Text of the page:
- Take it online: If you don’t have a physical store near you, there are some online bulk-buying options. Thrive Market is a great place to get high-quality, organic dry-good options. Misfit Market delivers “ugly” veggies that aren’t perfect enough for store shelves right to your door for up to 40% cheaper than local stores.
- Ask your Local Cafe or Restaurant: Develop a relationship with a local restaurant, cafe or business and see if you can get in on their next dry stock order. Hospitality businesses get wholesale prices for their suppliers. Business owners often get discounts the more they buy, so it is a win/win!
- Get a Meat Share: If you’re all about that long-term investment, get involved in a meat share. Rally some friends (or buy a big enough freezer) and buy an entire cow from a local farmer in advance. Ask your local butcher if they can order one for you or help you find a farm.
- Cow Pooling: If you don’t have enough people to share a whole cow with, try cow pooling. It is an initiative started by like-minded, meat-eating, environmental impact and nutrition-conscious folks who want to make it easier to get their hands on some quality beef. There isn’t exactly a directory or service for it, so start asking around, create a meetup, or post in your local Facebook groups. You could even approach a local farmer - they might know others interested in going in on it with you.
Reduce Wastage to Save Money on Healthy Foods
Most of the money lost on groceries happens because people rarely eat all the food they buy. Especially when we’re chatting about buying in bulk, the next question is “what if I buy all this food and don’t eat it fast enough?”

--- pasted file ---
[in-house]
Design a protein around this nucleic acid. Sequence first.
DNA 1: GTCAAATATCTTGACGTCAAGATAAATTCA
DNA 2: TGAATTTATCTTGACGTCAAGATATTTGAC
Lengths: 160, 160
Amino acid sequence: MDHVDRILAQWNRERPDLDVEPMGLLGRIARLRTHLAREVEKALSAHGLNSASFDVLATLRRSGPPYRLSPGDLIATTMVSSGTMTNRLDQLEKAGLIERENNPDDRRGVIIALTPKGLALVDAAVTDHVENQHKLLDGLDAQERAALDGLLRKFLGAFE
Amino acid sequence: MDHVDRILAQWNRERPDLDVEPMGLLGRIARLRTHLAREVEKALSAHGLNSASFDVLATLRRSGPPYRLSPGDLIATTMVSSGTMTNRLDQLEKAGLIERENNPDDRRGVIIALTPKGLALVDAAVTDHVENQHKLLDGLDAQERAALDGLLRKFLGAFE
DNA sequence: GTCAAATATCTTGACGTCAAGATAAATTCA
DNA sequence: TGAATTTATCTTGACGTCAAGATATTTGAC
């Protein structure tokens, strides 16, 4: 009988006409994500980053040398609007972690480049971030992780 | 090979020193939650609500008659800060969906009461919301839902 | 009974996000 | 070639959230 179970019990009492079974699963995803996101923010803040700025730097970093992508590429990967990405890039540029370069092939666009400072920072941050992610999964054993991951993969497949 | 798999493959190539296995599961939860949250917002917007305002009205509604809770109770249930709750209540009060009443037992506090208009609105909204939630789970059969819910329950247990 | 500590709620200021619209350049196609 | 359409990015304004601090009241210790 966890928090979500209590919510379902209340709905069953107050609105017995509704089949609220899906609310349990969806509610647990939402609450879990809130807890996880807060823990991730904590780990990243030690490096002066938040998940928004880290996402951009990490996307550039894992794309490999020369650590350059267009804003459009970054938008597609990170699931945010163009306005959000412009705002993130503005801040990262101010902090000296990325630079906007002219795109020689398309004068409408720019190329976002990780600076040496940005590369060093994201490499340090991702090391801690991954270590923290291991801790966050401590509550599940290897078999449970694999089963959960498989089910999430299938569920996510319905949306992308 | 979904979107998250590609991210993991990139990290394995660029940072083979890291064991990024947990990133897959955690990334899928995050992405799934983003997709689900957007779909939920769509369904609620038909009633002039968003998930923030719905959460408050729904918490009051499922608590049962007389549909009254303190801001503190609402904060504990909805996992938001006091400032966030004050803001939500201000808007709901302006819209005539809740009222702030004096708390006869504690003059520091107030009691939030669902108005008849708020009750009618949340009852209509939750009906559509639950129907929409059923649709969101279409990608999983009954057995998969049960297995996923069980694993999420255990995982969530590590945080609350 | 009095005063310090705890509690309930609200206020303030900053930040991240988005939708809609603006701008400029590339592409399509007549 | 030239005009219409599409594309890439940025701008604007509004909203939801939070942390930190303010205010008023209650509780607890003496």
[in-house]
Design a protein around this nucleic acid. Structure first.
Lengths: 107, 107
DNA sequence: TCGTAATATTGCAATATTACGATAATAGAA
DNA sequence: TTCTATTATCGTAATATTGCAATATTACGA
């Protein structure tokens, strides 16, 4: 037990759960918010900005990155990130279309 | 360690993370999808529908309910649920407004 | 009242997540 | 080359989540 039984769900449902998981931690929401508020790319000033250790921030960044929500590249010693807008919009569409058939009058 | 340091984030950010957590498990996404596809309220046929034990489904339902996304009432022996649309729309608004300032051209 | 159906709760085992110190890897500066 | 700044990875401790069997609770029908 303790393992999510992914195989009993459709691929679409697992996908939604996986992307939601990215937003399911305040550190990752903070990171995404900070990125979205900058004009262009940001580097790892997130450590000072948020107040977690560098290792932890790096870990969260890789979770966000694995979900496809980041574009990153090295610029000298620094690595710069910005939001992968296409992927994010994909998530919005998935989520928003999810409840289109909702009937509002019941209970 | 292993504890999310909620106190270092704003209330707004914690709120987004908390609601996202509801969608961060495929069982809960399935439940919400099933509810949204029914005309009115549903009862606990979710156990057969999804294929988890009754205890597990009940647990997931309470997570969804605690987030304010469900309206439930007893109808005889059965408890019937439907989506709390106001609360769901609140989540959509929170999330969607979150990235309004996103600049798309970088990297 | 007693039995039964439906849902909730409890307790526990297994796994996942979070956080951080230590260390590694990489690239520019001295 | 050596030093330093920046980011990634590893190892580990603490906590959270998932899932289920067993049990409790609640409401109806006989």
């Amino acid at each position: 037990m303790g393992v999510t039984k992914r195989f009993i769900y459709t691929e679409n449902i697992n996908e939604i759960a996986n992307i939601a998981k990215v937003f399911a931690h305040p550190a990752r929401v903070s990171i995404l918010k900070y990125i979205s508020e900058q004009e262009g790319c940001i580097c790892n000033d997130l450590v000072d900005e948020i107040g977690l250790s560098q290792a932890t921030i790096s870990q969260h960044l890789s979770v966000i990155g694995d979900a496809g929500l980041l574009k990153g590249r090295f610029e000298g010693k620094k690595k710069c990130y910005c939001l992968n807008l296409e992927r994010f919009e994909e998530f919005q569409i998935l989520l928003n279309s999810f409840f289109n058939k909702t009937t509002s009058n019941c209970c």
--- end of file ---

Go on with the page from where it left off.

Here are some simple strategies to reduce food waste (and less money spent on food in general):
Get creative: If there is peanut butter stuck at the bottom of your jar, add oats and milk to make PB overnight oats for breakfast tomorrow. Have random restaurant leftovers? Turn it into a salad, sandwich or add sauce to make a tasty pasta dish.
Prep, prep, prep: When you bring groceries home, prep them and keep the healthy choice, the easy choice. Pre-chopping, portioning or cooking straight away will help you stick to your plan instead of forgetting these foods in the back of your fridge or opting for take-out after a busy night when you have no motivation to cook (read: more money AND more waste!).
Freeze it: If you bought too many fresh fruits and veggies and can’t eat them fast enough, throw them in the freezer before they go bad. You can use them later for sauteing, stir-fries or microwave meals! Make sure to chop them before they freeze if you’ll want them in pieces later!
Stay organised and tidy: Labels, jars and shopping lists help you keep track of what you currently have so you’re not doubling up or forgetting what foods are already in your fridge, freezer and pantry. Make sure to keep your fresh food in the crisper to keep it fresher, longer and putting avocado and other veggies in the fridge can slow their ripping process if you need a bit more time to work them into your nutrition plan!
Cook nose-to-tail: Did you know that a lot of an animal is left behind because consumers only favor certain cuts or don’t know how to properly utilize everything they buy? Explore unique cuts, organs (mmm chicken giblets and beef tongue!) and use leftover bones to make broth and soup. These ‘forgotten’ cuts are actually really, really nutritious, super affordable and nose-to-tail cooking has a very positive effect on the environment. Waste not, want not!
Get Grocery Shopping!
What happens once you get those foods home? Well, some of the most macro-friendly recipes are also the most budget-friendly. The key ingredients are usually low-cost vegetable and/or meat cuts. Think peasant-style cooking, which originated from the need to make creative, delicious food using only the ingredients that families could grow themselves or trade for!
Now that you have some ideas to keep your grocery shopping delish, simple and budget-friendly, it’s time to get out there!
Ali is a born and bred Vermonter who fell in love with nutrition and fitness in her early 20’s and never looked back. She is both a coach and the Marketing Director for WAG and has a BA in English Literature and a Master's in Nutrition and Human Performance.